Why has that price moved?

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Why? It’s the most insidious of words in the English language. It is so often easy to ask why, but somewhat more difficult to answer. I kind of like burgers, but ask me why, and perhaps the only way I could answer would be with something mundane like “they taste good”, and elaborate on that point. When it comes to markets, the question of why, is just as much a loaded question, the key though is trying to understand when it worth asking why and when it is simply counterproductive.


After every price move, it is worth asking why the price has moved? We can do. However, the likelihood of coming up with any reasonable answer is unlikely. In some instances, for example, Friday’s payroll number, there was an obvious catalyst for price action. I would argue this type of situation though is an exception. The only people likely to know why a price has moved, are those who actually placed the large order or the market makers handling the flow. I was discussing this point with friends this week: if you have no idea why there’s been a certain jump or move, you can always conjure up reasons why it moved. There’s an amusing wheel of fortune (h/t @JeremyWS for pointing this out) created by the Macro Man team of bloggers. Click it and you’ll find random explanations for price action, including the ubiquitous ones like “central banks buying” or “profit taking”. Another point to bear in mind is that understanding price action at a very high frequency basis, is more a matter of understanding the intricacies of market microstructure than putting together narratives and stories.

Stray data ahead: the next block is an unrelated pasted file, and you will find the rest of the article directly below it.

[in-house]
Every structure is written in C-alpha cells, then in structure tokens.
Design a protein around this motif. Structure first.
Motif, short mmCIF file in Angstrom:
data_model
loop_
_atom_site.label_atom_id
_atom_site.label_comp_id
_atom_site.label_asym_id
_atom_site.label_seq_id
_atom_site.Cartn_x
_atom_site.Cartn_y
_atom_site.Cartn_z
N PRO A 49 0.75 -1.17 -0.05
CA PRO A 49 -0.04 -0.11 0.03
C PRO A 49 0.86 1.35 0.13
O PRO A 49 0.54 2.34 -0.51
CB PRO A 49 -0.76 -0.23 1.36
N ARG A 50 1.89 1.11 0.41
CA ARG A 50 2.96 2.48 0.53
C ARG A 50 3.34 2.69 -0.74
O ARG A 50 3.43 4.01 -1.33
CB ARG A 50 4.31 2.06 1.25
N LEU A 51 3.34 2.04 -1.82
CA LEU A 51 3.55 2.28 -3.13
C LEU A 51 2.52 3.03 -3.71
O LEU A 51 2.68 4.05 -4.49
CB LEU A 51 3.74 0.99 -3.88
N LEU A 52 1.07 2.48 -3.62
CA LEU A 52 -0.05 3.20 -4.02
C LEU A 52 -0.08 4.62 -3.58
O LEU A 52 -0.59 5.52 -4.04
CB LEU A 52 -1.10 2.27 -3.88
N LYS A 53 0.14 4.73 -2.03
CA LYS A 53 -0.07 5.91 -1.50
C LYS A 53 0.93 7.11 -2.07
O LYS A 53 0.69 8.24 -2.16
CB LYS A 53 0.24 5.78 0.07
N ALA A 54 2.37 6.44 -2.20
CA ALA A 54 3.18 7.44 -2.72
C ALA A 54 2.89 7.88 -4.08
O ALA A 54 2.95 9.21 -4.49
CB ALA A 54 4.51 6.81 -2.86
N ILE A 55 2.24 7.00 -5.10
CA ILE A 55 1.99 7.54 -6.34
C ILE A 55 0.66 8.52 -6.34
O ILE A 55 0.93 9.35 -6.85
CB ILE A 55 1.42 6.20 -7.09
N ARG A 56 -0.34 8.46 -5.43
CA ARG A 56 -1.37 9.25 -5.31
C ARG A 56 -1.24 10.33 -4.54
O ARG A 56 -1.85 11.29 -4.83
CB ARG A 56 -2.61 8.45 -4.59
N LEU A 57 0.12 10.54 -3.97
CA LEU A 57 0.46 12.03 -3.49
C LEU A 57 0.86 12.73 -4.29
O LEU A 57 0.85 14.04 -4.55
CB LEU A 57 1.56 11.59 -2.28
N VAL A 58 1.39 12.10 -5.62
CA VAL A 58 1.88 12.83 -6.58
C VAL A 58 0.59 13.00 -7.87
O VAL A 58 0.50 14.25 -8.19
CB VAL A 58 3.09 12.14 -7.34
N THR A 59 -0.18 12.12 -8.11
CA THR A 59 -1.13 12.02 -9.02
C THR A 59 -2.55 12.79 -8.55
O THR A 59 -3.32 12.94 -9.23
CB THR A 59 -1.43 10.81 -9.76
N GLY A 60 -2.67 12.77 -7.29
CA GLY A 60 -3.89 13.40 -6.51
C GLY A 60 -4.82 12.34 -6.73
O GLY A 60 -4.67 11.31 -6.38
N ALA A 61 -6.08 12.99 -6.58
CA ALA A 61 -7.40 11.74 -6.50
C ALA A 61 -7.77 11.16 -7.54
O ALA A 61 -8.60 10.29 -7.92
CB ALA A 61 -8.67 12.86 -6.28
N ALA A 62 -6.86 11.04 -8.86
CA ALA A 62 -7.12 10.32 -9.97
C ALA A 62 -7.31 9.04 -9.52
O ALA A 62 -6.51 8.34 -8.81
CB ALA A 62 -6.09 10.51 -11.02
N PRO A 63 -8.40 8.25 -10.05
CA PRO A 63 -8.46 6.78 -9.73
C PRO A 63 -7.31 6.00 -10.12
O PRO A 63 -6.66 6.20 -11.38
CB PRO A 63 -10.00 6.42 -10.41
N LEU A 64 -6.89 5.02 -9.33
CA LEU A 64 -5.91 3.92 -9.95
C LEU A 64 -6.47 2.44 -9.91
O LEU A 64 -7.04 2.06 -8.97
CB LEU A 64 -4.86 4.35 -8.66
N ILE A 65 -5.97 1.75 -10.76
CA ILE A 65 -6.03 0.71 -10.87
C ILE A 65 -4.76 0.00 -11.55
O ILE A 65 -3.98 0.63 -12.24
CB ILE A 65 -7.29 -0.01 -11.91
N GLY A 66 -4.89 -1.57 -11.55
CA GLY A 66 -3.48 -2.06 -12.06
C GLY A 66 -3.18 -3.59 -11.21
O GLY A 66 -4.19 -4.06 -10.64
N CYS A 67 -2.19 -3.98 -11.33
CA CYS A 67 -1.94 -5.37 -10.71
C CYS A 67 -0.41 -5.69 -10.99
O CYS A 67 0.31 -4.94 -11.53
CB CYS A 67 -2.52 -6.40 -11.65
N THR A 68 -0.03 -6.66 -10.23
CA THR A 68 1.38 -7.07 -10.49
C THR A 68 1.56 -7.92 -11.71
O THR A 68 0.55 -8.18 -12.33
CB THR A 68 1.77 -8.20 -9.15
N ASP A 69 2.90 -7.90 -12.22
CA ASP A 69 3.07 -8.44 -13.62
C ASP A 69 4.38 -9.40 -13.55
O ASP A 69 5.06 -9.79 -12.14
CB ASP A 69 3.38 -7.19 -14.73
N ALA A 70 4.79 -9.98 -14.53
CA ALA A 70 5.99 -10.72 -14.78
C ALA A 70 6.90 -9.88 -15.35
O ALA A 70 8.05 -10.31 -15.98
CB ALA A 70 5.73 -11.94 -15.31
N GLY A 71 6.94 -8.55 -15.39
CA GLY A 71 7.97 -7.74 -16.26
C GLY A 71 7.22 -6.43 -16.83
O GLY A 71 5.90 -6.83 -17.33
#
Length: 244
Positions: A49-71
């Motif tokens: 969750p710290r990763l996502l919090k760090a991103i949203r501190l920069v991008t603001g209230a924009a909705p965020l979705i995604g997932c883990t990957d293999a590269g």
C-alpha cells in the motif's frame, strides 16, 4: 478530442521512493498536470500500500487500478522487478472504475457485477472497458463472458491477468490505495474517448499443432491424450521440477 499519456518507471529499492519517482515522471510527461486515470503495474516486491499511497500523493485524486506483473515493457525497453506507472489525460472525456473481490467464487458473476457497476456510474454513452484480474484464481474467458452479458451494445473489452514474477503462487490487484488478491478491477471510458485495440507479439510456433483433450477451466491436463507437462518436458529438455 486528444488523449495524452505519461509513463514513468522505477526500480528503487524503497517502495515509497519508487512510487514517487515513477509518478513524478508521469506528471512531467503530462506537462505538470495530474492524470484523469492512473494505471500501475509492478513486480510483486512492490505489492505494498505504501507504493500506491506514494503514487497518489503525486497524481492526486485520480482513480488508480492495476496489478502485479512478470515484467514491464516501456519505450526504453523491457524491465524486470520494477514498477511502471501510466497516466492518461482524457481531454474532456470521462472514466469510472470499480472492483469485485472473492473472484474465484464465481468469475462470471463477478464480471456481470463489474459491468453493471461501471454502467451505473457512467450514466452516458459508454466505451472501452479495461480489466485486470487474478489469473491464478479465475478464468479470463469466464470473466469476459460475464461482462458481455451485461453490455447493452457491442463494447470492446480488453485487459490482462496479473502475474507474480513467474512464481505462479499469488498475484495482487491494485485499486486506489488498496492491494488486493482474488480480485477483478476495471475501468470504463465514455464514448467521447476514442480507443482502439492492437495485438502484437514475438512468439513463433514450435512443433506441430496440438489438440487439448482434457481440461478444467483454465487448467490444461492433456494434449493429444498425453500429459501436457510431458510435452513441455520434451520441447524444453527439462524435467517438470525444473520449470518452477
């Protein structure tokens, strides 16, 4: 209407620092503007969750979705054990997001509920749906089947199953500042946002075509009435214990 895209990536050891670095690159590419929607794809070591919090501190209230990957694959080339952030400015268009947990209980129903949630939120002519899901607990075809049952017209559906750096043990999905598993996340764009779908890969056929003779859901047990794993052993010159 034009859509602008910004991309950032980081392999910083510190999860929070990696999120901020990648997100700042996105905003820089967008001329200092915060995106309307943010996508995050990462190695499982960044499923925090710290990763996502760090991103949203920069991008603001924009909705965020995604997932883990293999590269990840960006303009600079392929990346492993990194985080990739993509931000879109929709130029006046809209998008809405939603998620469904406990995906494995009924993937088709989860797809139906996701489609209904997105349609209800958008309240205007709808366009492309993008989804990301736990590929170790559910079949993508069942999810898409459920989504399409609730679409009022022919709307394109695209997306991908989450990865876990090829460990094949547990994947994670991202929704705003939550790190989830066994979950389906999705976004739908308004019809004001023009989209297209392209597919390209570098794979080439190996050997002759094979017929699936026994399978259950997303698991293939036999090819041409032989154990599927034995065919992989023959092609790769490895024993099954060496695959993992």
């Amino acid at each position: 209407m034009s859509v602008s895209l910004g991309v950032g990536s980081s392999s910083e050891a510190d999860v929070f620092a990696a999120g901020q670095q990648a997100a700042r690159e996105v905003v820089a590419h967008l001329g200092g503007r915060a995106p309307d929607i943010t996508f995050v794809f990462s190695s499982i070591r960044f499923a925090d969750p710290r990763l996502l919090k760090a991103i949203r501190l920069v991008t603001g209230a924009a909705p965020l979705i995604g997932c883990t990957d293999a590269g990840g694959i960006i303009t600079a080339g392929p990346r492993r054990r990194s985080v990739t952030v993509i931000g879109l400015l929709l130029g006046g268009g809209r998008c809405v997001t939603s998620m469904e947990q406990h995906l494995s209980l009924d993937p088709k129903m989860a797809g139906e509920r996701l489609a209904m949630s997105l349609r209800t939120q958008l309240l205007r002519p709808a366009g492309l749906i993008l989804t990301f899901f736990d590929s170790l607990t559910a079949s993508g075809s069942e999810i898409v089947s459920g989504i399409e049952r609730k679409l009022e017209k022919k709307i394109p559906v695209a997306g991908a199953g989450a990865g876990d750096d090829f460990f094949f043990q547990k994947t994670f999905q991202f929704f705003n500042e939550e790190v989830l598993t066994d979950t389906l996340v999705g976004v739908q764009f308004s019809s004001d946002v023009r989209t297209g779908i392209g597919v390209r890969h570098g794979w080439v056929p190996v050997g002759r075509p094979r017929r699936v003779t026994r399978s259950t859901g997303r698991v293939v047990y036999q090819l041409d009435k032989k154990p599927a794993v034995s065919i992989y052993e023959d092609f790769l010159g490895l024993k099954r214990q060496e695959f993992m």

If you are a longer term trader, without an interest to delve into the market microstructure, intensely following shorter term price action is likely to provide an element of noise for what should be longer term decision making. More broadly the types of trading strategies you employ, are not always going to work at every frequency. Take for example trend following strategies employed by CTAs, if we simply speed up the parameters of these models (without any other modifications), so they trade much more often, they can end up being whipped in and out of trades too quickly, and end up being loss making historically. By contrast, such models are historically profitable when focused at long term trends, which tend to be more the focus of CTA type accounts.


So, yes, it would be great to know what every jump or in price action is related to, but sometimes it just isn’t possible to work out that illusive question of why. Sometimes trying to conjure up reasons to answer such a question, can end up muddying the waters for decision making.